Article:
The FDA courting 'Mexican stand-off'

Official's statement upends the concept of proprietary blends

United States Kentucky Fried Chicken's Colonel Sanders has never been forced to reveal his famous secret 11 herbs and spices, but supplements manufacturers and ingredients suppliers have been warned they may have to give up proprietary blend formulations under US Food and Drug Administration (FDA) GMP regulations.

It's a situation that may lead to an information boycott, according to one key industry spokesperson — 'may' being the operative word, as this aspect of the legislation is mud-like in its clarity. But a high-ranking FDA official has warned companies must prepare itemising paperwork to validate each proprietary offering.

"You must know what you are buying as a proprietary blend in order to use it in a product, and in order to identify it, you must know what the proprietary blend is,"?said Vasilos Frankos, director of the FDA's CFSAN Division of Dietary Supplement Programs.

He suggested this information should appear on-label, a proposition that surely razes the very concept of a proprietary blend. A blend cannot be proprietary and public at the same time, and suppliers and manufacturers will be concerned about the economic ramifications of Francos' suggestion.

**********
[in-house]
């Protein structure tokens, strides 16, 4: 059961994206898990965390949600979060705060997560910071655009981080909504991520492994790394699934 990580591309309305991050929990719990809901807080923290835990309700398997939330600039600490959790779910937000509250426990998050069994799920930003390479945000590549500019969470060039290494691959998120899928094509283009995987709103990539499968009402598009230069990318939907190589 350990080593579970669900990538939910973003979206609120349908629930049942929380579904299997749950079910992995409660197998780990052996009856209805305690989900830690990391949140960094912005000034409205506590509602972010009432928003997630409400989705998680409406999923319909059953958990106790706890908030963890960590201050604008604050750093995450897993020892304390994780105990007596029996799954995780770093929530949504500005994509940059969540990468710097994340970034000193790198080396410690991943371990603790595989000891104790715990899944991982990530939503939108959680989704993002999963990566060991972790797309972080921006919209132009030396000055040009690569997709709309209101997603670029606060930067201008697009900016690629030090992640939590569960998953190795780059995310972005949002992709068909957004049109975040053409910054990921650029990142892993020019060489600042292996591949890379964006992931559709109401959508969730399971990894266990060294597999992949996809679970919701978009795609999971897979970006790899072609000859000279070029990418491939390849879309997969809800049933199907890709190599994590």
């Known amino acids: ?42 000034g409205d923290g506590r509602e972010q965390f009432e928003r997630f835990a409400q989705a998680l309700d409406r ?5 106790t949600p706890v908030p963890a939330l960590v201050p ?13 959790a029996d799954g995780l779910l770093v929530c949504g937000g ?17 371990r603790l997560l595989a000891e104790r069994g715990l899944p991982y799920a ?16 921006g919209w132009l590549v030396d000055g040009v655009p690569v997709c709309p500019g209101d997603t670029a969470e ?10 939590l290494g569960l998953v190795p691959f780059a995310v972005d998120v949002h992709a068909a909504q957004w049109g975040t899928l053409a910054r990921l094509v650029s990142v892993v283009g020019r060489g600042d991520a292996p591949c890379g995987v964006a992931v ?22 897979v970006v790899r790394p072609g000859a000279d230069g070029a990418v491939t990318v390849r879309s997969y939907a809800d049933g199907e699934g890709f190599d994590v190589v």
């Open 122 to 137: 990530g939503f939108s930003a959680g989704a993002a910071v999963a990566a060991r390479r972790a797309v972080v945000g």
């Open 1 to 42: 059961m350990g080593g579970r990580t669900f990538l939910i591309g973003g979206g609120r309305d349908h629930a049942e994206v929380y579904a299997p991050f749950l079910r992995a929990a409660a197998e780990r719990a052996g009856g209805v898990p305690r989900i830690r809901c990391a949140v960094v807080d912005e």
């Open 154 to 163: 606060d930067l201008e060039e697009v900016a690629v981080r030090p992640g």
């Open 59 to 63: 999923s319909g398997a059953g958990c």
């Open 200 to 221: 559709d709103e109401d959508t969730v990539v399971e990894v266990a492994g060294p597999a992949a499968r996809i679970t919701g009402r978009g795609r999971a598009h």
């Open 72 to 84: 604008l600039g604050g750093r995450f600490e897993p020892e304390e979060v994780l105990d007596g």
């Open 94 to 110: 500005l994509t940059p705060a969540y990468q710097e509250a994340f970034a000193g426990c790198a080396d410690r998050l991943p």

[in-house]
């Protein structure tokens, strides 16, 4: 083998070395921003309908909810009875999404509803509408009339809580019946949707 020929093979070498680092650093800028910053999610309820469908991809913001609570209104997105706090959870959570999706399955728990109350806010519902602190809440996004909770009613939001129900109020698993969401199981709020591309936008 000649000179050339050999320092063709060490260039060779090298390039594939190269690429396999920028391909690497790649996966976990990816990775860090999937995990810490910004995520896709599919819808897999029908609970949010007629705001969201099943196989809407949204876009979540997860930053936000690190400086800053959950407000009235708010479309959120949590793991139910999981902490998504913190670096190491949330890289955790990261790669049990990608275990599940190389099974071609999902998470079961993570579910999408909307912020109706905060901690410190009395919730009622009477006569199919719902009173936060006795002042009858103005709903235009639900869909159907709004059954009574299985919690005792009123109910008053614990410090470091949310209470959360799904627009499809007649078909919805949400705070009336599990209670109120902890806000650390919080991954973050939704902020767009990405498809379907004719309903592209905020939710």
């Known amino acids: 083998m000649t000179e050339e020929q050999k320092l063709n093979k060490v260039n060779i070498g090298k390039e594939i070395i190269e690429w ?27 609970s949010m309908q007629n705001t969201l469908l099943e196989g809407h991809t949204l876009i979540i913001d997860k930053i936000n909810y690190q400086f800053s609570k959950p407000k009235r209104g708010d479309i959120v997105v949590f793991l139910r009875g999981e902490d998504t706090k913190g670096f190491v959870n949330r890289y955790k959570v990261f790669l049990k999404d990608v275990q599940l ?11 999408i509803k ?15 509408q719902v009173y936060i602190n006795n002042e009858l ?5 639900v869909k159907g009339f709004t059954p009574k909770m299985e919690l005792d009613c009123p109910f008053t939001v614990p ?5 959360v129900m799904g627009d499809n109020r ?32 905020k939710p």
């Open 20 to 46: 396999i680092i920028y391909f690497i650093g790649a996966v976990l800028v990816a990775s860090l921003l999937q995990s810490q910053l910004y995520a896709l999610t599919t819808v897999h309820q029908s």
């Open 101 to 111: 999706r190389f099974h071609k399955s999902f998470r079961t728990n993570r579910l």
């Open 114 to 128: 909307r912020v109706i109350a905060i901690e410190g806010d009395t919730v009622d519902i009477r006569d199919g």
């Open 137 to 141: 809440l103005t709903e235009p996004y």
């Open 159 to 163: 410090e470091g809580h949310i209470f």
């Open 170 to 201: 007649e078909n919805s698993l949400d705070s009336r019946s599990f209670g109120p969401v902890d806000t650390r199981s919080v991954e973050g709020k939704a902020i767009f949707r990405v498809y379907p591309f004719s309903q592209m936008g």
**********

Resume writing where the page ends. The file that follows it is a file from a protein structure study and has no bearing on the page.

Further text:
Concern is justified, according to Loren Israelsen, the executive director of the United Natural Products Alliance, but he sees problems arising at the FDA-inspection level rather than on-label. "The Dietary Supplements and Health Education Act only requires declaration of the total amount of the proprietary blend, with the ingredients listed in descending order of predominance on finished-product labels," he told Functional Ingredients magazine.?"This protects the actual formulation at that level."

This is not the case at the supply-chain level, where an FDA inspector may insist on correlating raw-materials inputs with a manufacturer's records. "If said inspector insists on full disclosure of the proprietary blend in order to assure that GMP compliance is confirmed, then we have a problem," Israelsen warned. "FDA inspection records are matters of public record, so everyone will be reluctant to give the FDA such information. This is widely referred to as a 'Mexican stand-off.' My hope is that the FDA will be wise enough to provide field guidance to its inspectors on how to deal with this situation to prevent an unfortunate confrontation that need not happen."

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